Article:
Apitope Announces Publication of Graves’ Disease Data in International Peer-Reviewed Journal, Endocrinology
HASSELT, Belgium, and CHEPSTOW, UK, 14 August 2018 – Apitope, a clinical stage biotech company developing potential first-in-class antigen-specific immunotherapies targeting autoimmune diseases, today announces publication of its pre-clinical Graves’ disease data in Endocrinology, one of the leading peer-reviewed endocrinology medical journals. The publication entitled: Immunotherapy with apitopes® blocks the immune response to thyroid stimulating hormone receptor in HLA-DR transgenic mice , reports the results from a series of studies to identify peptides that can be used to treat the abnormal immune response to TSHR (thyroid stimulating hormone receptor) in Graves’ disease patients and can be found here. The study showed that a mixture of two immunodominant apitopes® was sufficient to suppress both the abnormal T cell and antibody response to TSHR in HLA-DR transgenic mice. Tolerance induction was not disrupted by current drug treatments for Graves’ disease. The paper concluded antigen-specific immunotherapy with apitopes® from TSHR is a suitable approach for the treatment of Graves’ disease. Dr Keith Martin, CEO of Apitope, said: “It is very encouraging to have these findings by our talented team of scientists published in Endocrinology, one of the most highly-regarded journals in the field. The data shows that immunotherapy with apitopes® is a suitable approach to be investigated for the treatment of Graves’ disease and demonstrate the potential to be the first disease-modifying treatment, as well as the first innovative therapy for Graves’ disease in more than 60 years.” Prof David Wraith, CSO of Apitope, said: “I am excited to see these data published because it provides further evidence of the broad applicability of the Apitope platform to identify peptide apitopes® to treat a wide range of autoimmune diseases. The initial clinical data announced earlier this year confirmed the potential for the apitopes® reported in this publication to make a significant impact in the treatment of Graves’ disease.”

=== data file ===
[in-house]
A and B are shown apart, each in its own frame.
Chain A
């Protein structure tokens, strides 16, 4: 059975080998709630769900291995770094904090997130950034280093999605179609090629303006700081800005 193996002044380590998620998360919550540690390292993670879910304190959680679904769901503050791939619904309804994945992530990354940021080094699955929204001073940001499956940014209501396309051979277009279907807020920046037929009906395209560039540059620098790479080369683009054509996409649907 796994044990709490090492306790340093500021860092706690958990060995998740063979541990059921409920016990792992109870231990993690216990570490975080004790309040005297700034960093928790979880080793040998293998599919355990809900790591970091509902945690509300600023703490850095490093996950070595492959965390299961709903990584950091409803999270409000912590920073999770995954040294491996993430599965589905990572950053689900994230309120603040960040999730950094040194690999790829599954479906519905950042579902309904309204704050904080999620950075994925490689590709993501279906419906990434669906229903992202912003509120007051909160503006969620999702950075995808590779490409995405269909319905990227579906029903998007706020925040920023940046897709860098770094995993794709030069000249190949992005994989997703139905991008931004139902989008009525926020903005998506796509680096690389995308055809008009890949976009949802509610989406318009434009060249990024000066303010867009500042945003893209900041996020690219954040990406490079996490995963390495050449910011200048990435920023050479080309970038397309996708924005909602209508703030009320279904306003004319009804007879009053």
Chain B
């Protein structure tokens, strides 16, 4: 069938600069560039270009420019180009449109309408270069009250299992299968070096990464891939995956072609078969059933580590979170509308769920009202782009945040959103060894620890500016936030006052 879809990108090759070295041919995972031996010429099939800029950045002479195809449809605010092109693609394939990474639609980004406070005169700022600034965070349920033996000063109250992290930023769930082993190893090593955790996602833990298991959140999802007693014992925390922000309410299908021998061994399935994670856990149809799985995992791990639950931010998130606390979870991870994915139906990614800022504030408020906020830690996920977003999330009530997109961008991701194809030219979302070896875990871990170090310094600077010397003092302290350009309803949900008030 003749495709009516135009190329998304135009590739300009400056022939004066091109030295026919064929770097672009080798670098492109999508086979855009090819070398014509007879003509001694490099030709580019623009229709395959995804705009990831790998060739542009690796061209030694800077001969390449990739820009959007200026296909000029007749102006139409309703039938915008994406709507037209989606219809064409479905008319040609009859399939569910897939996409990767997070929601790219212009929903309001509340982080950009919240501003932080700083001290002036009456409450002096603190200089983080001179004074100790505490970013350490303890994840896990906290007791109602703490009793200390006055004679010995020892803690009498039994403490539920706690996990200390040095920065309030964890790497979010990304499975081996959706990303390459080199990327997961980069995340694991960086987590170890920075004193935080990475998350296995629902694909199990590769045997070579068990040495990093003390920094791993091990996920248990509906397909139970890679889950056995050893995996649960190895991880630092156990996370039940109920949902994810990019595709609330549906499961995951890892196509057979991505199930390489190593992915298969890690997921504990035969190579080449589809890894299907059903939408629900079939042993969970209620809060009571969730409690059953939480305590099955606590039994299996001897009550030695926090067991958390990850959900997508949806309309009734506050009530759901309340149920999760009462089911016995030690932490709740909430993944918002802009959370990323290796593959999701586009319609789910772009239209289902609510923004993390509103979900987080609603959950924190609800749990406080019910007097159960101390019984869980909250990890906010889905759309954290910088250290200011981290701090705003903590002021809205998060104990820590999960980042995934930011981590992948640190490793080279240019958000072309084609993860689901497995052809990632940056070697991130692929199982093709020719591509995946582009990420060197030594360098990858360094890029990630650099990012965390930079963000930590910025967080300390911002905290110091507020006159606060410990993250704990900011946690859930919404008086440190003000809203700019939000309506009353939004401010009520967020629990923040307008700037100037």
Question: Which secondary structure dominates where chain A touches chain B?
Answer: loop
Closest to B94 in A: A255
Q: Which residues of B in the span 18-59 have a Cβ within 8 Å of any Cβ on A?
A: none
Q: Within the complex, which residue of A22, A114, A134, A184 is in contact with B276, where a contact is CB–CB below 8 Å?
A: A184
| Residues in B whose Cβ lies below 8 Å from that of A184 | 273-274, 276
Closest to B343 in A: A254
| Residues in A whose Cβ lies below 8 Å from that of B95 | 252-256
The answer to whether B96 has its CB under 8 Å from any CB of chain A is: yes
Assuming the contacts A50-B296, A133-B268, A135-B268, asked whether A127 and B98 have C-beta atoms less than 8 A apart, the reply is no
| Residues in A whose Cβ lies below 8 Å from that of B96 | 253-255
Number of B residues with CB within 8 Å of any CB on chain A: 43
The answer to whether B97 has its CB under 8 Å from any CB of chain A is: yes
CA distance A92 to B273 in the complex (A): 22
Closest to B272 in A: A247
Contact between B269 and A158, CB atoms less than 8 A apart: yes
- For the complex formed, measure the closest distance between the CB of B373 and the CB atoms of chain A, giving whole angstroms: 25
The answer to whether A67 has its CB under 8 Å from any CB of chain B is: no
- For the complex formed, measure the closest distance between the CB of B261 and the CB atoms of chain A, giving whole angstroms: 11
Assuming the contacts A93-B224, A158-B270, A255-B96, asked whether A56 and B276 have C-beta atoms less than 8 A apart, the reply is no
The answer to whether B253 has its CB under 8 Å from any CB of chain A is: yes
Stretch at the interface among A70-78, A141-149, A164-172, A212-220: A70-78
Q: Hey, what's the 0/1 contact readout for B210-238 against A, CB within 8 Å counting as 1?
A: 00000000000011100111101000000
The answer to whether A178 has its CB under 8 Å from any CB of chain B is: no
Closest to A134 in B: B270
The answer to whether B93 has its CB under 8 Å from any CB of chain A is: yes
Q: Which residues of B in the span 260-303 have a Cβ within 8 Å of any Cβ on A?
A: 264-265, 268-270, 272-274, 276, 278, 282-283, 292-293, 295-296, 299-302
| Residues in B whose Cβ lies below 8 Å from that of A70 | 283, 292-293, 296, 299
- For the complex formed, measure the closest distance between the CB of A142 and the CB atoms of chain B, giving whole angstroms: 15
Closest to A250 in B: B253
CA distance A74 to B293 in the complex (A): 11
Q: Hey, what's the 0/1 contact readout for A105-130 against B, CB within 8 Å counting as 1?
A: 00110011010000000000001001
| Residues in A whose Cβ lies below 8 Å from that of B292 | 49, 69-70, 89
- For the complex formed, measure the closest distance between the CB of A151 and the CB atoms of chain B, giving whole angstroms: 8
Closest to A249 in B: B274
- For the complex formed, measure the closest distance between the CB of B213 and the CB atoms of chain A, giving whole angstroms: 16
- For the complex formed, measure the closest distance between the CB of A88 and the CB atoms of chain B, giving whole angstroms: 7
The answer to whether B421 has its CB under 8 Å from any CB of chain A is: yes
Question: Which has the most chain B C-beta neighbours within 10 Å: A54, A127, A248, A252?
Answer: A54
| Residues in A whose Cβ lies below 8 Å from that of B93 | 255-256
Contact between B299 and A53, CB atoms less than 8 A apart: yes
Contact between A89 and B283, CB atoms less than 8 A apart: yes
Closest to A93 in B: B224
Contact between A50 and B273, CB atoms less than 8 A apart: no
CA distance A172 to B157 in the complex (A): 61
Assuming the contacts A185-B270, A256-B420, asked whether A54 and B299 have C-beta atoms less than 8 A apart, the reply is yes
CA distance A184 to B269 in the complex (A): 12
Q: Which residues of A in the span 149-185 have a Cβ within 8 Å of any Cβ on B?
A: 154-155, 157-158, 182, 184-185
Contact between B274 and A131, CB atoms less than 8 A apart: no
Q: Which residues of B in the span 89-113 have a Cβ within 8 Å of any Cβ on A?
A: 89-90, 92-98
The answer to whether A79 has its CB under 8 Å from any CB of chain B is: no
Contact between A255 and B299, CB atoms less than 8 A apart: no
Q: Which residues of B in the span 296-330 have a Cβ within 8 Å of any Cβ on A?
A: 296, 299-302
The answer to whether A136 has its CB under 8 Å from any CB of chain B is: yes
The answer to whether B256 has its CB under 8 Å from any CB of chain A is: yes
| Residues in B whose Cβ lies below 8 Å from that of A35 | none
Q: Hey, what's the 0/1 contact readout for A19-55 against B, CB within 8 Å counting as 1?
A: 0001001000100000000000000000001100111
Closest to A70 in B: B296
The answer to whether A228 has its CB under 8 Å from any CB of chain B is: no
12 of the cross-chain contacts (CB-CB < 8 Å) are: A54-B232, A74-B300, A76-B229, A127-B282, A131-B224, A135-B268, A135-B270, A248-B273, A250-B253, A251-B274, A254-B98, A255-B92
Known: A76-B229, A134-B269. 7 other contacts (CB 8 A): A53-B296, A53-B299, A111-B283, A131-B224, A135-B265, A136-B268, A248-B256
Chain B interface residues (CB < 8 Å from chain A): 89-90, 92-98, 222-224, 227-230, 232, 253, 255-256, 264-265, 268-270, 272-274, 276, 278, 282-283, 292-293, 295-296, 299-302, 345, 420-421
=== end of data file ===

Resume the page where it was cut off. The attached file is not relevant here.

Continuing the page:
Phase I data show early efficacy in the majority of patients and a very favourable safety profile HASSELT, Belgium, and CHEPSTOW, UK, 16 April 2018 – Apitope, a clinical stage biotech company developing potential first-in-class antigen-specific immunotherapies targeting autoimmune diseases (including multiple sclerosis (MS), Graves’ disease and uveitis), today announced positive results from the Phase I first in man clinical trial of its product candidate, ATX-GD-59, in development for the treatment of Graves’ disease. Graves' disease is one of the most common autoimmune diseases with approximately 10 million patients across Europe and the US and yet there have been no innovative treatments in more than 60 years. With Graves’ disease, the immune system mistakenly attacks the thyroid gland and causes it to become overactive. Symptoms can include an enlargement of the thyroid gland, swelling of the neck, localised abnormalities of skin, tremors, heat intolerance and sweating, significant weight loss, osteoporosis, atrial fibrillation and ocular changes in patients. Each year 20-30 out of every 100,000 people are newly diagnosed with Graves' disease. The ratio of women versus men diagnosed with Graves' disease is 6:1 and around 2% of all women will develop Graves' disease during their lifetime. Dr Simon Pearce, Professor of Endocrinology, Newcastle University, and Chief Investigator for the trial commenting on the results said: “It is very exciting to see these promising Phase I results where ATX-GD-59 has shown both an encouraging safety and tolerability profile as well as efficacy. With current first-line treatments having a high failure rate, and the second-line treatments being either invasive surgery or radioiodine, ATX-GD-59 demonstrates the potential to address the high medical need for a new, safe and effective treatment for the neglected field of those suffering from Graves' disease.” The Phase I clinical study met the primary endpoint to assess the safety and tolerability of ATX-GD-59 in 12 patients with Graves’ disease. The majority of the per protocol subjects were either euthyroid, the clinical objective of therapy, or close to being euthyroid by the end of treatment; the effect was maintained during the 3 months follow up off therapy. Importantly, TSHR antibody levels were also reduced with close correlations between percentage decreases in antibody and thyroid hormone levels in line with the mechanism of action. Dr Keith Martin, Chief Executive Officer of Apitope, commented: “We’re highly encouraged by these data as they provide further evidence that our Apitope® platform identifies safe and effective treatments for autoimmune diseases. These findings are important for Graves’ disease patients in providing a potential new treatment paradigm aimed at the cause of the disease not just the symptoms. We will continue to progress the development of ATX-GD-59 as a treatment for Graves’ disease and are currently preparing to initiate a Phase II study in the first quarter of 2019.” The investigational product was administered intradermally (ID) every two weeks over a period of 18 weeks in male and female patients that were not otherwise being treated with anti-thyroid therapy. Following a titration period of 25, 50, 100, 400 and 800 μg in the initial eight weeks of treatment, a dose of 800 μg was administered fortnightly for an additional 10 weeks, comparable to the regime followed in the successful ATX-MS-1467 multiple sclerosis (MS) trials.